.

Professor Ian Holliday BSc PhD DIC

 

School of Life and Health Sciences
Aston University
Birmingham B4 7ET
UK

mailto: I.E.Holliday@aston.ac.uk
telephone: +44 (0) 121 204 4064
fax: +44 (0) 121 204 4090


Lecturer on the Psychology Teaching Programme

Research Theme

 Clinical and Systems Neuroscience

Research Centre

Aston Brain Centre 

Ian Holliday

Career History

Graduated in Physics and obtained PhD  from Imperial College, University of London

Current Research Interests

Human psychophysics and brain imaging

My main research work has focussed on human vision, both normal and abnormal, using psychophysical methods, MEG and fMRI. Some research interests are:

  • MEG investigations of pattern processing, aiming to tease apart the contributions from each region of the brain, from the earliest responses to simple features of objects to the complex interactions needed to perceive whole objects and perform complex tasks such as reading.
  • Motion perception has been a long-term interest, and was the area I first worked in as a research student using psychophysical methods. More recently I have used MEG and fMRI to study the brain regions responding to moving patterns and objects.
  • Using computer simulations to find out how the signals measured using MEG result from the combined action of millions of brain cells, and how these link to what we see.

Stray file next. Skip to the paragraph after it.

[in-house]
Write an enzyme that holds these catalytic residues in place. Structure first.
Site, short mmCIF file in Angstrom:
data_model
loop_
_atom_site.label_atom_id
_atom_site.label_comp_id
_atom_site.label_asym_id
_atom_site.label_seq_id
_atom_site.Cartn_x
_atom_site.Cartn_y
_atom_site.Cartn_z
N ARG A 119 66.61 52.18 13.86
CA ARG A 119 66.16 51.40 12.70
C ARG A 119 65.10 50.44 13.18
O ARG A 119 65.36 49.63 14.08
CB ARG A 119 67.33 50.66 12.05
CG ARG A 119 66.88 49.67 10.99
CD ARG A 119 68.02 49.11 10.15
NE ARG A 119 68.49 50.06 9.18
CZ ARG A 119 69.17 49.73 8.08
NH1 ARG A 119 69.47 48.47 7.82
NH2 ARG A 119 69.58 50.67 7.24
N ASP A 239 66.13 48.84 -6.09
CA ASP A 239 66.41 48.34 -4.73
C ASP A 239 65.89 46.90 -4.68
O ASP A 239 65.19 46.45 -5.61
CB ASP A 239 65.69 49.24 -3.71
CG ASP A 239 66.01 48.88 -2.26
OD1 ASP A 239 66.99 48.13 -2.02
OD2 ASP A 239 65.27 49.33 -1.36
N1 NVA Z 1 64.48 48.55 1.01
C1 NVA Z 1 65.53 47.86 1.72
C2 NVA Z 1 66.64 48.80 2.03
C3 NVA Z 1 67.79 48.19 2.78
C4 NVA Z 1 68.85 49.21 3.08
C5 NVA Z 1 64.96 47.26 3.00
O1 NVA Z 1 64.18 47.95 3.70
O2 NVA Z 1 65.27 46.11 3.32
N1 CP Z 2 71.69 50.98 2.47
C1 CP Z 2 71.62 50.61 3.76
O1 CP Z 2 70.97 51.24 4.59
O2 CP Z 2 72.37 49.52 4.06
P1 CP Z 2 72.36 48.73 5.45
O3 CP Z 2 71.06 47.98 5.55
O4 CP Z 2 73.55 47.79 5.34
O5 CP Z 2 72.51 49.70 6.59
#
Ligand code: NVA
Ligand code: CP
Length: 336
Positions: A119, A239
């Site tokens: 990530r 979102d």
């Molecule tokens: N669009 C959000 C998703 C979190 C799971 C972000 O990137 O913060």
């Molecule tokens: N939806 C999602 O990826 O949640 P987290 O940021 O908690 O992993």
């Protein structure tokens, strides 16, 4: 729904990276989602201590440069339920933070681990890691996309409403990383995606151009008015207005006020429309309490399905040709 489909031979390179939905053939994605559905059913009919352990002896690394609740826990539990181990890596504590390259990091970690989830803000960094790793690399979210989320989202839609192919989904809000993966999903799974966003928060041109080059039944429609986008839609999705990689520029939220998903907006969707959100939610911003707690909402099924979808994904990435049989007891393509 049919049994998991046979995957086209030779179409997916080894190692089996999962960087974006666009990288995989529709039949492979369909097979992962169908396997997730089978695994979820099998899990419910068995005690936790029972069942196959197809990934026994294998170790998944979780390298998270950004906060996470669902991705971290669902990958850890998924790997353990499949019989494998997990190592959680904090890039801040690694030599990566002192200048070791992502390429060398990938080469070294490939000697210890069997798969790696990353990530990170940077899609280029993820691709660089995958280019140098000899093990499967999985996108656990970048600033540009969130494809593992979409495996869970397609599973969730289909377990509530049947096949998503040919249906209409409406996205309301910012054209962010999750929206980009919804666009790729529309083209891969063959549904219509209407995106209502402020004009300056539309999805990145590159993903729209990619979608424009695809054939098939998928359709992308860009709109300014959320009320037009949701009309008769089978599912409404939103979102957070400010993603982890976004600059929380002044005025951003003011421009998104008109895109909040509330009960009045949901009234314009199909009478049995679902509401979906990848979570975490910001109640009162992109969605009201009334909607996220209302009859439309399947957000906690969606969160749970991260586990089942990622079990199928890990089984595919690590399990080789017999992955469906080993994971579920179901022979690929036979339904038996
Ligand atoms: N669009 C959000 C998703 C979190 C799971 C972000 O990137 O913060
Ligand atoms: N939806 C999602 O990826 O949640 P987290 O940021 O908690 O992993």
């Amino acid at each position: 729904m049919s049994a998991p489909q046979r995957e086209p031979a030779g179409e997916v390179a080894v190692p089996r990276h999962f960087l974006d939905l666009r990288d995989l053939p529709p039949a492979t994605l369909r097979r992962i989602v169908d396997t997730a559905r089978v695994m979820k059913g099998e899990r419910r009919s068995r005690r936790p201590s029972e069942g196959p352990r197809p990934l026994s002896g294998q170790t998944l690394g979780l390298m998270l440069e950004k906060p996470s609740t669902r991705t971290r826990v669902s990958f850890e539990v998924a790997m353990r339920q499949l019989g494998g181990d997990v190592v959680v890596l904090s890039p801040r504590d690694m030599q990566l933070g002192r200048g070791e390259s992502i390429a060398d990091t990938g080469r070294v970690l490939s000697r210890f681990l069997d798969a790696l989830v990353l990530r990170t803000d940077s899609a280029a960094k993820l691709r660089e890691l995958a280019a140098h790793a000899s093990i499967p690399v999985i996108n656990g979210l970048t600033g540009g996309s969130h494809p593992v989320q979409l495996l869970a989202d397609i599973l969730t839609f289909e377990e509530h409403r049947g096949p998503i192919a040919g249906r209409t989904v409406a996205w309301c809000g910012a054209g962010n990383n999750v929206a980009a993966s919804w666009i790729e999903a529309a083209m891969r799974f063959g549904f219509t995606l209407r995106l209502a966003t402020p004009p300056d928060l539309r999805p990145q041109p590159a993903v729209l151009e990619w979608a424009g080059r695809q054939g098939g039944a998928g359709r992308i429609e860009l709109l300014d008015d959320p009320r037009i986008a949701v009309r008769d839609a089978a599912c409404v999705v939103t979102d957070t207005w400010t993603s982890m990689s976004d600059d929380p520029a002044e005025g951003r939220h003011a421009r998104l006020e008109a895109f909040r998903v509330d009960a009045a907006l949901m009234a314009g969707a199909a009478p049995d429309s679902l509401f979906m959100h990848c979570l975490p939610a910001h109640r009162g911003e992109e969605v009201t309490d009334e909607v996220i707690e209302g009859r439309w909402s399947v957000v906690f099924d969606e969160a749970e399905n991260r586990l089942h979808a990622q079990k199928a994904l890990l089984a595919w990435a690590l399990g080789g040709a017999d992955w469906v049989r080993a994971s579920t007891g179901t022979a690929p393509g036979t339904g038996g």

• The application of MEG to clinical conditions such as migraine, Amblyopia, and epilepsy, and other patient groups.

Teaching Responsibilities

 

Year 2:

Advanced Statistics

Placement Supervision

Final Year:

Final Year Projects

Postgraduate:

MSc lectures in neuroimaging

Administrative Role

Member of the Human Sciences Ethical Committee (Psychology)

Recent Publications 

2013 

Wessa, P., Poelmans, S., & Holliday, I. E. (2013). Analysis of constructivist, network-based discourses: concepts, prospects, and illustrations. In Lim, H. L., & Sudweeks, F. (Eds.), Innovative methods and technologies for electronic discourse analysis. (pp. 19-41). (Advances in Human and Social Aspects of Technology Book Series). Hershey (US): IGI global. doi: 10.4018/978-1-4666-4426-7.ch002

  2012 

Wessa, P., & Holliday, I. E. (2012). Does reviewing lead to better learning and decision making? Answers from a randomized stock market experiment. PLoS ONE, 7(5), [e37719]doi: 10.1371/journal.pone.0037719 

 Nevado, A., Hadjipapas, A., Kinsey, K., Moratti, S., Barnes, G. R., Holliday, I. E., & Green, G. G. (2012). Estimation of functional connectivity from electromagnetic signals and the amount of empirical data required. Neuroscience letters, 513(1), 57-61doi: 10.1016/j.neulet.2012.02.007 

 2011 

Holliday, I. E., Longe, O. A., Thai, N. J., Hancock, P. J. B., & Tovée, M. J. (2011). BMI not WHR modulates BOLD fMRI responses in a sub-cortical reward network when participants judge the attractiveness of human female bodies. PLoS ONE, 6(11), [e27255]doi: 10.1371/journal.pone.0027255